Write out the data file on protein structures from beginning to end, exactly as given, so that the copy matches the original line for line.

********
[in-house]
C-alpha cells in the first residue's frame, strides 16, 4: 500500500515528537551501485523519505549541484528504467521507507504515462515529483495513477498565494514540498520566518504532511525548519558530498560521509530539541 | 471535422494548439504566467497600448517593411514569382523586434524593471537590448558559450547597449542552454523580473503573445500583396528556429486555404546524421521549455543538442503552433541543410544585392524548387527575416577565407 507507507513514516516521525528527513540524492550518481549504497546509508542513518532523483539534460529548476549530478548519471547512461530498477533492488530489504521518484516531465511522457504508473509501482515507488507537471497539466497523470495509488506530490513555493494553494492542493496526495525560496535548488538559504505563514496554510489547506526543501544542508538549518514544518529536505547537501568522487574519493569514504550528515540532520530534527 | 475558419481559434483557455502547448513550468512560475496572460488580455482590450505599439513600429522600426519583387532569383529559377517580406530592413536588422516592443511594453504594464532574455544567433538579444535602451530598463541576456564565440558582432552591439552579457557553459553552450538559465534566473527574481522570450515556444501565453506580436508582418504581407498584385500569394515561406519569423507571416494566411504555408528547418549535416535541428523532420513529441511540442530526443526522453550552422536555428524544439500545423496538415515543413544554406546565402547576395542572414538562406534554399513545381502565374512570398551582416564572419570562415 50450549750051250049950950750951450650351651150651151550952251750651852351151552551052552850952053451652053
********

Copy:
[in-house]
C-alpha cells in the first residue's frame, strides 16, 4: 500500500515528537551501485523519505549541484528504467521507507504515462515529483495513477498565494514540498520566518504532511525548519558530498560521509530539541 | 471535422494548439504566467497600448517593411514569382523586434524593471537590448558559450547597449542552454523580473503573445500583396528556429486555404546524421521549455543538442503552433541543410544585392524548387527575416577565407 507507507513514516516521525528527513540524492550518481549504497546509508542513518532523483539534460529548476549530478548519471547512461530498477533492488530489504521518484516531465511522457504508473509501482515507488507537471497539466497523470495509488506530490513555493494553494492542493496526495525560496535548488538559504505563514496554510489547506526543501544542508538549518514544518529536505547537501568522487574519493569514504550528515540532520530534527 | 475558419481559434483557455502547448513550468512560475496572460488580455482590450505599439513600429522600426519583387532569383529559377517580406530592413536588422516592443511594453504594464532574455544567433538579444535602451530598463541576456564565440558582432552591439552579457557553459553552450538559465534566473527574481522570450515556444501565453506580436508582418504581407498584385500569394515561406519569423507571416494566411504555408528547418549535416535541428523532420513529441511540442530526443526522453550552422536555428524544439500545423496538415515543413544554406546565402547576395542572414538562406534554399513545381502565374512570398551582416564572419570562415 50450549750051250049950950750951450650351651150651151550952251750651852351151552551052552850952053451652053